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Concept for an animated series

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Concept for an animated series

Hi there,

I'm just wondering if anyone could tell me how to go about starting an animated series? Who should you pitch your idea to? A TV channel maybe? And how should you go about it?

I'd really love to hear from anyone who could give me some information and I think it would be really interesting to have anyone who has pitched an idea before share their experiences.

Look forward to hearing from you.


Hi Amy,

I'm in England too - I've only pitched once, by ITV for a 2D flash animated series. The idea was good, the characters were good, the story arc was there, the target audience was right - the approach was totally unprofessional and it didn't come off.

A board of commissioning editors did sit around and talk about in order to dismiss it.

I guess I found that people are more open to projects and new ideas than you might think.

I guess it helps (if you pitch to ITV or Five) that your idea has natural spin-offs - toys etc. Mine was a kids series.

They want orginalit, if it's exactly like the last big success.

I think the problem - apart from the pitch!- for mine was that it had the morality of 'Trap Door.'

Anyone know 'Trap Door?' I wonder if that made it to the US. It was claymation with the sort of disregard for violence that only the A-team managed pre-watershed primetime. Featured a redneck butler monster type character who worked for a bigger monster type character in a run down castle.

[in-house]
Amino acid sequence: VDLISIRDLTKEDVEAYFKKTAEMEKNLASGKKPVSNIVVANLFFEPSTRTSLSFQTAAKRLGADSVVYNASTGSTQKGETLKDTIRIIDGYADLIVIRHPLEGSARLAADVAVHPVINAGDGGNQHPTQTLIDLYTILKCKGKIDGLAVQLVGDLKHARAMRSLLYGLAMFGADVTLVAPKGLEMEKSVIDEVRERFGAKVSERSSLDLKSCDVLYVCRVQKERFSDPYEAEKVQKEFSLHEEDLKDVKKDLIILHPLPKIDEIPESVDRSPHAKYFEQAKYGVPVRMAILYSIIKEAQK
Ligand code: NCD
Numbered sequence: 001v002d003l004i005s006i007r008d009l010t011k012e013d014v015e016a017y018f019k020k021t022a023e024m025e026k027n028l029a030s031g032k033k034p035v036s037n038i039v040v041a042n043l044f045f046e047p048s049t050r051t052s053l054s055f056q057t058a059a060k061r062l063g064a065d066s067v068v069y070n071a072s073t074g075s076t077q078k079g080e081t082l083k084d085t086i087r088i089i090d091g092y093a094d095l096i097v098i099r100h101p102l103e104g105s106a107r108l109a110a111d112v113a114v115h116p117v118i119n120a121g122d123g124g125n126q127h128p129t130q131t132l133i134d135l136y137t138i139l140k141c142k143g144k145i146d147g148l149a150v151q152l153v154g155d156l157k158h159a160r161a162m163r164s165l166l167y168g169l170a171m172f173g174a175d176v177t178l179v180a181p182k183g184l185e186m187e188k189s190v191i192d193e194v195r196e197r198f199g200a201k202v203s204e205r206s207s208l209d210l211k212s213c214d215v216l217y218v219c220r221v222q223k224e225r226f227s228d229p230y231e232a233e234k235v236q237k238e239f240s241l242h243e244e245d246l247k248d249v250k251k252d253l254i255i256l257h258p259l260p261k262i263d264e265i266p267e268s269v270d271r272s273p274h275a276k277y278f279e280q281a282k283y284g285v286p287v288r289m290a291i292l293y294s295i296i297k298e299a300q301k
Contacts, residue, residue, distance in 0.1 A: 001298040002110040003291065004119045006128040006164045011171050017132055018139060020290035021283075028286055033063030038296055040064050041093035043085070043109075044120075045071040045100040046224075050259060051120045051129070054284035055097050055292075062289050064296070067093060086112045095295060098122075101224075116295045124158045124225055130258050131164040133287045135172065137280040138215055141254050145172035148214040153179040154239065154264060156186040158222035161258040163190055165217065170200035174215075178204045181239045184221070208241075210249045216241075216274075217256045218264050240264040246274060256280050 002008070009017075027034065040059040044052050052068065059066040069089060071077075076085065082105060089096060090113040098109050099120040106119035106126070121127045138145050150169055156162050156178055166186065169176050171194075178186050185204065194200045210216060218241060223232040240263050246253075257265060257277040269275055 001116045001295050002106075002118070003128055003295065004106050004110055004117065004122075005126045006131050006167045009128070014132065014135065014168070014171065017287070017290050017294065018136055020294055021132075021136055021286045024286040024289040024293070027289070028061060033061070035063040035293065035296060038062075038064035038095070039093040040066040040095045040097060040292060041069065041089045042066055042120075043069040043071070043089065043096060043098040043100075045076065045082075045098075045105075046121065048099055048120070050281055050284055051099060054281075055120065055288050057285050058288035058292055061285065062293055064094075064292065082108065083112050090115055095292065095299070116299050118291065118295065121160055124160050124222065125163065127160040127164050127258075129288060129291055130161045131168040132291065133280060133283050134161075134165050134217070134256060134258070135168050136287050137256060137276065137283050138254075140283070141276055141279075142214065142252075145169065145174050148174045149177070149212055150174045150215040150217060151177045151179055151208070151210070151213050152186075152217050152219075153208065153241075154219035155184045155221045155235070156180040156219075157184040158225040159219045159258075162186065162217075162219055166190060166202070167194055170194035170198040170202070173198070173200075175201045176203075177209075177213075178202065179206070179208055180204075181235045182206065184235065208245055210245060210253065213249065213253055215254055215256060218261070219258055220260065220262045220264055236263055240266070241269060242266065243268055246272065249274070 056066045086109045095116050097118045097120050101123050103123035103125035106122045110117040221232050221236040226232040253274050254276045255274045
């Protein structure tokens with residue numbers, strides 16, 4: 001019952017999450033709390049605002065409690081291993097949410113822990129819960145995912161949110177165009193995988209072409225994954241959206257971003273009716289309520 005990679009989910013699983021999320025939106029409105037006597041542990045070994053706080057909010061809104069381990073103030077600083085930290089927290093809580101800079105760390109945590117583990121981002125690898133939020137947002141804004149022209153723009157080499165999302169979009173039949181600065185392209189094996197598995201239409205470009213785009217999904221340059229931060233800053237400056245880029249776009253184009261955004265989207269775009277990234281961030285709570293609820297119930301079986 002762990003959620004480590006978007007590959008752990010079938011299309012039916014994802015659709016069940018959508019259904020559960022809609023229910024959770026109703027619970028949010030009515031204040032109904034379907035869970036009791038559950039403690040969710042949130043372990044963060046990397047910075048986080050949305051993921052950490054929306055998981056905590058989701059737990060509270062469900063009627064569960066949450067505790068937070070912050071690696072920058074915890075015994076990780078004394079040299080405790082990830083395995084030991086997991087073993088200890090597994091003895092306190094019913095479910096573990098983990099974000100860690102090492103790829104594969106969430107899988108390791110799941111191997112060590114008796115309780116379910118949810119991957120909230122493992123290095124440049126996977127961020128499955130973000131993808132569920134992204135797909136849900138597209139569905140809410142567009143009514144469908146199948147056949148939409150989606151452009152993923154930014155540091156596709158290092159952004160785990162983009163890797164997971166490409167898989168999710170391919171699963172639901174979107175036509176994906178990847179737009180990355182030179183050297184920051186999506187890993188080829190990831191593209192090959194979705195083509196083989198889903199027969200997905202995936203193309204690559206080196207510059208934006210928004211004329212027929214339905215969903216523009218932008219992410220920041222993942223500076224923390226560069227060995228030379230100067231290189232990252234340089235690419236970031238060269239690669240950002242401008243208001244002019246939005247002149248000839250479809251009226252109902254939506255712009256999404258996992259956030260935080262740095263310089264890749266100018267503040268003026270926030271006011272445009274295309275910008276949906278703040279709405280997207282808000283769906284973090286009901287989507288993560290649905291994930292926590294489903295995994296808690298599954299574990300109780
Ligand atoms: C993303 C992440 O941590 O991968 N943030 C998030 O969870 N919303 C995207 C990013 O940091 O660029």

Pretty good actors for the voices tho.

Bon chance!

Hi Jasen, good to see you on here. Welcome to the AWN Forums.

the Ape

...we must all face a choice, between what is right... and what is easy."

Hi there,

I'm just wondering if anyone could tell me how to go about starting an animated series? Who should you pitch your idea to? A TV channel maybe? And how should you go about it?

There are some articles in the AWN site. You should also do a serach of this forum for pitch. I remember reading a number of different post.

Thanks for all of your replies :)

I have all of the designs (sets, characters etc) and am starting to create parts in Flash. I am still developing the story-just working on the end for the pilot really. Most of it has been storyboarded and I still have a lot of work to do on the script.

I have an idea that when you pitch for a series you need to show a plan of approx. 12 episodes. I'm just wondering if I should leave the actual Flash part for now, as I think the studio likes to manage that part if they like your idea. Is that right?

Also, I was wondering how difficult it would be to go about producing and releasing this series on DVD without any support from a tv network? I'm only asking because I am considering setting up a small studio and I would like to have a certain amount of control of the project...I hear that during the pitch tv networks try to change your idea.

I would be grateful for any further advice that you guys can offer.



It seems like some of the most successful and influencial TV animation producers - Matt Groening, Mike Judge, Seth MacFarlane, Trey Parker/Matt Stone, among others - start out by creating a few shorts or pilots, anywhere from 2 to 15 minutes in length. Sometimes these shorts are used as filler for TV shows. Sometimes they make the rounds at film festivals. Sometimes they're circulated on the internet. If audiences respond well, television execs will come looking for you.

Here are some inspirational stories from Wikipedia: